Why Nigeria abstained from world’s biggest corporate tax deal worth over $150bn annually signed by 136 nations

Why Nigeria abstained from world’s biggest corporate tax deal worth over $150bn annually signed by 136 nations

Nigeria has refused to join in a groundbreaking global deal on corporate tax reform aimed at eliminating tax havens; while bringing in $150bn more a year from multinationals.

The revolutionary global tax deal was endorsed by over 130 countries around the world.

Specifically, a total of 136 nations have agreed to a 15 per cent global minimum effective corporate tax rate; as well as new rules that would compel multinationals to declare profits and pay more in the countries where they do business. Further, the agreement includes a two-year ban on imposing new taxes on tech groups such as Google and Amazon; while the Joe Biden administration tries to ratify the deal in the US.

The deal has been described by the Financial Times as the biggest corporate tax reform for more than a century.

Nigeria is surprisingly one of a handful of countries to have abstained from the landmark pact; which was orchestrated by the Organisation for Economic Co-operation and Development (OECD).

FT reports that the number of nations prepared to sign up to the deal shifted on Friday; with India agreeing at the last moment. Also, China and Brazil were reported to have reluctantly signed up. However, Nigeria remained adamant in not signing up to the agreement; which experts say would generate more tax revenue and curb corporate tax avoidance. Other countries which joined Nigeria in abstaining from the deal are Sri Lanka, Pakistan and Kenya.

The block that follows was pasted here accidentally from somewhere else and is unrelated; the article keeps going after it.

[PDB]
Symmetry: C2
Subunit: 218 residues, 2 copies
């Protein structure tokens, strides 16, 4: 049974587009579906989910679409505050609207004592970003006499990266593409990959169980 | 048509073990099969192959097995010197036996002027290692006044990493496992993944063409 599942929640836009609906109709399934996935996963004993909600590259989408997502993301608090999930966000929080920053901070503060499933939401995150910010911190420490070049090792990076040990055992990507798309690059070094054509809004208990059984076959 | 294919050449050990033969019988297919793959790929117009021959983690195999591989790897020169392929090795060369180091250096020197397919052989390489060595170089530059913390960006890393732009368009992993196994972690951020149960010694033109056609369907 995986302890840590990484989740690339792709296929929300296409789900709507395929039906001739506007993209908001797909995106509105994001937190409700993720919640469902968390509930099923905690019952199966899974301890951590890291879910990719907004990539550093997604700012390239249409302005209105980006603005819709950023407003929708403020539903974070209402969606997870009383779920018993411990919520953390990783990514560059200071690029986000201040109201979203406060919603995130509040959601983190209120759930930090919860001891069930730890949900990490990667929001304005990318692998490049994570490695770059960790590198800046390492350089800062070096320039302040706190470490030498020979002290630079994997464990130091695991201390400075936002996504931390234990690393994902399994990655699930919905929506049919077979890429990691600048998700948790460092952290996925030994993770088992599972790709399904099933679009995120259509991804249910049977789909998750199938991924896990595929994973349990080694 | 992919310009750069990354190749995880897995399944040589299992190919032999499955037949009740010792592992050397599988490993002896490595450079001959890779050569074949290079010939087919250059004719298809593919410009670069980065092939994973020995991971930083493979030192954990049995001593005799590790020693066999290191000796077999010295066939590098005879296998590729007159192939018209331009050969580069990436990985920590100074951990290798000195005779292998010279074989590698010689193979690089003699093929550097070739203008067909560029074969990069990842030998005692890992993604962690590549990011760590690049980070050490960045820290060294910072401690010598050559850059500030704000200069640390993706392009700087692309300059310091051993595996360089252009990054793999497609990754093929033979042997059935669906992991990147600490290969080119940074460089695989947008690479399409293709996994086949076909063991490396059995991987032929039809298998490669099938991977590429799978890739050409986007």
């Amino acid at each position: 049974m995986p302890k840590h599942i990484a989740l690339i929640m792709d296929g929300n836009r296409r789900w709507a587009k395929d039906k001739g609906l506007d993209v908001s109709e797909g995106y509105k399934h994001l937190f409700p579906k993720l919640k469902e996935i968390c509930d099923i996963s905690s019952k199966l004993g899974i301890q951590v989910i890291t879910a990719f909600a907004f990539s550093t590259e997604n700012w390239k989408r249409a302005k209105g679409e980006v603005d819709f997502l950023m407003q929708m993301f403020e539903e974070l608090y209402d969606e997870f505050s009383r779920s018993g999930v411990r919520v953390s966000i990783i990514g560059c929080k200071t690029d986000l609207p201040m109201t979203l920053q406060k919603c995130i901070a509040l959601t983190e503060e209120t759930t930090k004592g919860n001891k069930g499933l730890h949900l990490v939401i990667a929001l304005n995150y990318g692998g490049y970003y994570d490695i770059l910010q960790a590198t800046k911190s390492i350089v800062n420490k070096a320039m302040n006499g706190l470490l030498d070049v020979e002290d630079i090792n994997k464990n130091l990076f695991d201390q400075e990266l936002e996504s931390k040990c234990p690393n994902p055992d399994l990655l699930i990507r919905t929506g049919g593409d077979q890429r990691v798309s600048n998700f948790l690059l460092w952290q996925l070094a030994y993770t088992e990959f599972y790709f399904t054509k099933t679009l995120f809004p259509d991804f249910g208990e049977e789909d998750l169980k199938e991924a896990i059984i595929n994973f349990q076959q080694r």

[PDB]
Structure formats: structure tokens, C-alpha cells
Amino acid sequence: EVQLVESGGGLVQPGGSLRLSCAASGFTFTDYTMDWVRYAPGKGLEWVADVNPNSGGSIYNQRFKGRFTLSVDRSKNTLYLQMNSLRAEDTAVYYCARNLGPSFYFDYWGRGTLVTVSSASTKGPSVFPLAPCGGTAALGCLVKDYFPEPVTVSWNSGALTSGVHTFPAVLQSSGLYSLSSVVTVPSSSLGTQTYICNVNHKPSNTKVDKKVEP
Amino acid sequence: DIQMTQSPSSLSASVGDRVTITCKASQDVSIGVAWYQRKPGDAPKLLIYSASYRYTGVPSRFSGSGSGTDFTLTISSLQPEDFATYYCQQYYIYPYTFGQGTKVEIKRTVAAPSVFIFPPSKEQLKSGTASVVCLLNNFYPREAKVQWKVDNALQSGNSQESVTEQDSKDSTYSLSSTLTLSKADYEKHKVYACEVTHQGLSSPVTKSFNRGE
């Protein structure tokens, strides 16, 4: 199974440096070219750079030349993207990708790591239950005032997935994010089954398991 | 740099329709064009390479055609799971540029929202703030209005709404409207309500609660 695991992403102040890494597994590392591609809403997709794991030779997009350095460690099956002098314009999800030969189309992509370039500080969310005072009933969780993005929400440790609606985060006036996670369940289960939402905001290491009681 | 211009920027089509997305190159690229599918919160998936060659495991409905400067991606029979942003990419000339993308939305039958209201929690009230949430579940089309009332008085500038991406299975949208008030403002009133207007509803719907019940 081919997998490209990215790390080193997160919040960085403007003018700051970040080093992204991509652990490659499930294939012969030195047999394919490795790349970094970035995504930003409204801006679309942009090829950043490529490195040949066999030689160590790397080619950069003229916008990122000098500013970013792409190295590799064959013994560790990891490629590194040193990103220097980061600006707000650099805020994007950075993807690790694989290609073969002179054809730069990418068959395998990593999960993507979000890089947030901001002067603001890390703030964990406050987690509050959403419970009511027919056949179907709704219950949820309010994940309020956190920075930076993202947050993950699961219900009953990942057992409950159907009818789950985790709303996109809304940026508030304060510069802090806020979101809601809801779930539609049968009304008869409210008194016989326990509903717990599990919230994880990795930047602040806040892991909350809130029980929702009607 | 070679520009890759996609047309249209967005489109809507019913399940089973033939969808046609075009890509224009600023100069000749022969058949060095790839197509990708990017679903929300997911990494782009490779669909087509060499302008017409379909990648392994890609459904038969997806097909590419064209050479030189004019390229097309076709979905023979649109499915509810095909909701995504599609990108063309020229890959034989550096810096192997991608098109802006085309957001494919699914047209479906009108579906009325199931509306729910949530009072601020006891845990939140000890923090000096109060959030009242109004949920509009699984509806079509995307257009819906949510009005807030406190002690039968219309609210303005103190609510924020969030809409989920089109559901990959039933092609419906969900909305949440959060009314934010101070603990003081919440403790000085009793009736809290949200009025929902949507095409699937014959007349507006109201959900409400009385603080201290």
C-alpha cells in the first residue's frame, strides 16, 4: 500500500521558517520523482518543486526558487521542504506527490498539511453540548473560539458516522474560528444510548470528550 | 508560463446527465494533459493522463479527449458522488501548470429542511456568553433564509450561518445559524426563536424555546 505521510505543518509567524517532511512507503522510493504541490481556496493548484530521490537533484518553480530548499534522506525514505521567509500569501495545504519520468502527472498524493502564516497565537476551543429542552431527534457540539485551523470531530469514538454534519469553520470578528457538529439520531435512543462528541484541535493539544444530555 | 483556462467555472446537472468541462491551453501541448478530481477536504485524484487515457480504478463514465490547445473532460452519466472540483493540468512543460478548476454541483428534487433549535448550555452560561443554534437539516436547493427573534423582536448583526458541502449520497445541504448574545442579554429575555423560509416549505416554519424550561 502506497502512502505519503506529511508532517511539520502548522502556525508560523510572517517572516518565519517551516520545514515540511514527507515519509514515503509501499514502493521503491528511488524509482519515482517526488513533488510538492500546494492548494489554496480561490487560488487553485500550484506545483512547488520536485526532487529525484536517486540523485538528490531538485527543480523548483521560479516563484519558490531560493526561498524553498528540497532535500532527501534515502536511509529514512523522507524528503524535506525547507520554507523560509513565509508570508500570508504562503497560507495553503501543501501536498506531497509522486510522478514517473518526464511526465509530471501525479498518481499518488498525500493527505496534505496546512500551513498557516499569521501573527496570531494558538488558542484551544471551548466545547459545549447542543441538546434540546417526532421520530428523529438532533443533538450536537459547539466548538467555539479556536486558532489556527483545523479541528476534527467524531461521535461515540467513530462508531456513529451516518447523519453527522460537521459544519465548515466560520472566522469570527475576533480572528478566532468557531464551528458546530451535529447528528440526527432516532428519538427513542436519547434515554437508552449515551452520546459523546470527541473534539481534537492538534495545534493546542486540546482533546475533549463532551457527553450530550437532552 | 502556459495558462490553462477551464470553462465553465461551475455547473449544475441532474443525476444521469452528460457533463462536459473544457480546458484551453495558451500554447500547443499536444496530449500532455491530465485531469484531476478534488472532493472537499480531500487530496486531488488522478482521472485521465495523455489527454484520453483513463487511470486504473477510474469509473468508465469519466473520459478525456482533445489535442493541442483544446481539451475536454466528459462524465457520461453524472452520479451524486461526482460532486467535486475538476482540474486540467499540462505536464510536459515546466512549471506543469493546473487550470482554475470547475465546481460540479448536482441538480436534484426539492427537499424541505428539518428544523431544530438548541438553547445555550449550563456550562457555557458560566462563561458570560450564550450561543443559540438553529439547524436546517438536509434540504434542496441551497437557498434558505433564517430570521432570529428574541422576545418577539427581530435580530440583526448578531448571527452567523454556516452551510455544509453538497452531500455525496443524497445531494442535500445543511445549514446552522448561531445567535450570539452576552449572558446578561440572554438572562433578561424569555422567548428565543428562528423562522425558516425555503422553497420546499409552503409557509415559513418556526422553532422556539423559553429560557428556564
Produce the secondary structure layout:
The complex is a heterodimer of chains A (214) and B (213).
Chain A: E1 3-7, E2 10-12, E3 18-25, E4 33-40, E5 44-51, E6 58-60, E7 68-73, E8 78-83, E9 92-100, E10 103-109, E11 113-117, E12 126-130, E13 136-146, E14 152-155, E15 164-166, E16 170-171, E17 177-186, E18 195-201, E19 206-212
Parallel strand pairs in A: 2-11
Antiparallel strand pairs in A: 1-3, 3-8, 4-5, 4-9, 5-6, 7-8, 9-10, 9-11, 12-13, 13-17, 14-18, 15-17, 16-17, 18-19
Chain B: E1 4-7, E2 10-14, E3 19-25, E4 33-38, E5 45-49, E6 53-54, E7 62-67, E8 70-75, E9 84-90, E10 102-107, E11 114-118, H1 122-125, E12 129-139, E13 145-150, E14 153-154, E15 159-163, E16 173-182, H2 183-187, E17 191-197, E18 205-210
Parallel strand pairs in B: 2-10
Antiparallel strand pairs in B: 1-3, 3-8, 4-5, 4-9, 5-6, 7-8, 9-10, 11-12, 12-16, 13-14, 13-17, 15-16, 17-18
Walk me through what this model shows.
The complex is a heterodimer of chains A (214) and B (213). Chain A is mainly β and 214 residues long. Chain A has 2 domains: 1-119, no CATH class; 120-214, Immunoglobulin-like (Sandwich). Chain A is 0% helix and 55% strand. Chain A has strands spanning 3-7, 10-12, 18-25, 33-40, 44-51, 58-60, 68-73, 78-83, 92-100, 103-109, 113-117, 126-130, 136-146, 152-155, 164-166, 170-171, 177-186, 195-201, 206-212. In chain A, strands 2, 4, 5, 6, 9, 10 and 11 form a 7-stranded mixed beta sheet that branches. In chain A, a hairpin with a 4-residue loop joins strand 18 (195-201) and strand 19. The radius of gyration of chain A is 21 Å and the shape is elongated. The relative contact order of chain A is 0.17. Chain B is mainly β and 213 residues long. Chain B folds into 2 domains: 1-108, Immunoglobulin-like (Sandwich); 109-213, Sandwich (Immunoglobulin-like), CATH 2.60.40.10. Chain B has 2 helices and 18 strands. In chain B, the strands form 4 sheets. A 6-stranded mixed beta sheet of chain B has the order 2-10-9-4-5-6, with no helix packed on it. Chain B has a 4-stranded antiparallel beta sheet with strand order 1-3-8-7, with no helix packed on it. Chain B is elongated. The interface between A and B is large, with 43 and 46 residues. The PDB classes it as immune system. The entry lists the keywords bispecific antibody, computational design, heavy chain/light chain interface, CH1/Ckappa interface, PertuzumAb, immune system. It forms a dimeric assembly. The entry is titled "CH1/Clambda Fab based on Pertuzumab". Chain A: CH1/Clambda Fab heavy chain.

Those familiar with the matter believe that one of the reasons for the refusal of Nigeria and other developing countries to sign up is the concern about the lack of revenue they stand to make from the deal on fairer distribution of profits and taxing rights. They argue that this is worsened by the removal of digital service taxes; a factor which FT says was a deal-breaker for Nigeria and Kenya, despite OECD estimates showing they would gain.

The pact is seen as a huge win for the OECD in its battle to rein in curb corporate tax avoidance. Already finalized are details on sharing the profits of the largest multinationals so they pay more tax where they do business. Companies with turnover exceeding €20bn will be required to allocate 25 per cent of their profits in excess of a 10 per cent margin to the countries where they operate, based on their sales. The 10 per cent profitability margin will be calculated using an averaging mechanism, based on profit before tax, FT reports.

However, difficulties with implementing the deal are expected, especially for the US and countries such as India that have levied digital services taxes on Silicon Valley tech groups. If Congress fails to implement the deal, those countries may go ahead with their digital taxes; sparking trade disputes with the US.

However, the deal gives the US the right to ratify the agreement. The agreement specifies that no newly enacted digital services taxes or other relevant similar measures will be imposed on any company from October 8, 2021 for two years.


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